A Streetcar Named Desire shows a turbulent confrontation between traditional values in the American South - an old-world graciousness and beauty running decoratively to seed - set against the rough-edged, aggressive materialism of the new world. Through the vividly characterised figures of Southern belle Blanche Dubois, seeking refuge from physical ugliness in decayed gentility, and her brutal brother-in-law Stanley Kowalski, Tennessee Williams dramatises his sense of the South's past as still active and often destructive in modern America. This revised edition features a new production history of the play that considers both stage and screen presentations, an updated bibliography and extensive notes on the language of the play. Commentary and notes by Patricia Hern and Michael Hooper.
a streetcar named desire
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A continuous history of the play, Streetcar named desire in production from 1947 to 1998, with emphasis on the Broadway premiere.
The original CliffsNotes study guides offer a look into key elements and ideas within classic works of literature. CliffsNotes on Glass Menagerie & Streetcar Named Desire explores two popular plays, both of which take place in the South and borrow heavily from author Tennessee Williams’s own life experiences. Following stories marked by struggle among loved ones, this study guide provides summaries and critical commentaries for each scene within the works. Other features that help you figure out this important work include Personal background on the playwright Introduction to and synopsis of the plays In-depth analyses of the cast of characters Review section that features interactive quizzes and suggested essay topics Selected bibliographies for both plays Classic literature or modern-day treasure — you'll understand it all with expert information and insight from CliffsNotes study guides.
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Presents a collection of ten critical essays on Williams's play "A Streetcar Named Desire" arranged in chronological order of publication.
Describes the background of A Streetcar Named Desire, discusses the play's themes, and looks at its critical reception
Seminar paper from the year 2006 in the subject English Language and Literature Studies - Literature, Ruhr-University of Bochum, language: English, abstract: 1. Introduction For this term paper I analyse scene nine of Tennessee William's play A Streetcar Named Desire. The episodic drama was written in 1947 and is set in New Orleans. It is divided into eleven different scenes. The main characters of the play are Blanche DuBois, her sister Stella and her husband Stanley Kowalski. In a supporting part appears Mitch. Blanche is a thirty year old woman from Mississippi. At the beginning of the play she comes to visit her younger sister Stella in New Orleans, because she does not know where else to go. All of her family are dead except Stella. Blanche is helpless and seeks protection, because she has lost her home “Belle Reve”, her inheritance and her employment. Stella and Stan are living in a small apartment in the French Quarter of New Orleans called “Elysian Fields”. Blanche has to take the streetcars called “Desire” and “Cemeteries”. Here the strong symbolism of Williams' writing can already be seen clearly. The names of the streetcars foreshadow the course of the play and its outcome and in general show Blanche's journey in the play, from longing and desire to destruction.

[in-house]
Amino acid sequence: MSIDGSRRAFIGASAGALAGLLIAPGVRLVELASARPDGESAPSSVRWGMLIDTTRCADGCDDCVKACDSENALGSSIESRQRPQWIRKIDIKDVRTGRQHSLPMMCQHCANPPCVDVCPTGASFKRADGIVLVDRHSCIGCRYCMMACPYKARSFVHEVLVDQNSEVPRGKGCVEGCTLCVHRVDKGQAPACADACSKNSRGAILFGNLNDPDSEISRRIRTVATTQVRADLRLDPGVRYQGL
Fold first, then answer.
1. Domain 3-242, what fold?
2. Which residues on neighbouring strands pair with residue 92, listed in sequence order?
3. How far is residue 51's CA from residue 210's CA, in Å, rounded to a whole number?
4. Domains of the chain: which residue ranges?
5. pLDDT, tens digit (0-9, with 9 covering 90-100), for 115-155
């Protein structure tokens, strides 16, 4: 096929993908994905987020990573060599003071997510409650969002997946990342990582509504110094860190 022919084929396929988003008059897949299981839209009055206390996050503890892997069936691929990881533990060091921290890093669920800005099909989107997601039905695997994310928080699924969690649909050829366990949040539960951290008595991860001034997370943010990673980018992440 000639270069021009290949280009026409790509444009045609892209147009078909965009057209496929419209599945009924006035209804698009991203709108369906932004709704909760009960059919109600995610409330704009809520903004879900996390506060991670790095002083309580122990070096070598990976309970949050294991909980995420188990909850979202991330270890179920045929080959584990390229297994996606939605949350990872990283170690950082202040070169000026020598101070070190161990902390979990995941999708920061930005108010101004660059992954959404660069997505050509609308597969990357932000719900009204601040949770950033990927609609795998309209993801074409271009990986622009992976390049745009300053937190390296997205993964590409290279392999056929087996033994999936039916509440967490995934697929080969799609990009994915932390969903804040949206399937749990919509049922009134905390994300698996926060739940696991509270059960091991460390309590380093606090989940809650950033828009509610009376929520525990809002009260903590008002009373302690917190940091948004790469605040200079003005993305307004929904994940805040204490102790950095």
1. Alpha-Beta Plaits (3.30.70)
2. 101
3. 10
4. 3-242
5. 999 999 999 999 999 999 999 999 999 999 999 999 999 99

Seminar paper from the year 2008 in the subject American Studies - Literature, grade: 1,3, Catholic University Eichstatt-Ingolstadt (Sprach- und Literaturwissenschaftliche Fakultat), language: English, abstract: A Streetcar Named Desire is a lyrical drama about the decline and fall of Blanche DuBois." (Londre, 1979: 78). In this quotation Felicia Hardison Londre indicates that both the character and the inner development of the protagonist Blanche are the focus of attention in "A Streetcar Named Desire." At first glance, Blanche DuBois may seem superficial, even a bit ridiculous on account of the importance she attributes to her looks and to her former social status. However, in my way of thinking, the protagonist's behaviour is in a certain way symptomatic of society itself, even of humanity as a whole. That may be why "Walcott Gibbs referred to A Streetcar Named Desire as 'a brilliant impacable play about the disintegration of a woman, or if you like, of a society.'" (Nelson 1961: 121). Therefore, I consider it crucial to allow insight into the multiple facets of Blanche's personality. All the same, before approaching the caracterization, it is in my opinion necessary to provide you with some basic information about the writer of the play and its contents."
Seminar paper from the year 2005 in the subject American Studies - Literature, grade: 1, Technical University of Braunschweig, course: Proseminar, language: English, abstract: This paper deals with the symbolism in A Streetcar Named Desire by Tennessee Williams. In this context, I will take a closer look at the different forms of symbolism. One major part of this paper is the meaning of the different characters in the play. Blanche, Stella and Stanley are the most important characters. Therefore I will analyze their symbolic function regarding to their character in general, their names and colors. Not only the characters carry a symbolic meaning, but also the different places mentioned in the play. The city of New Orleans is the larger setting of the action. I will analyze the meaning of the Elysian Fields, of Belle Reve and of New Orleans in general.
Presents a collection of essays on the play that analyze its characters, major themes, and critical history.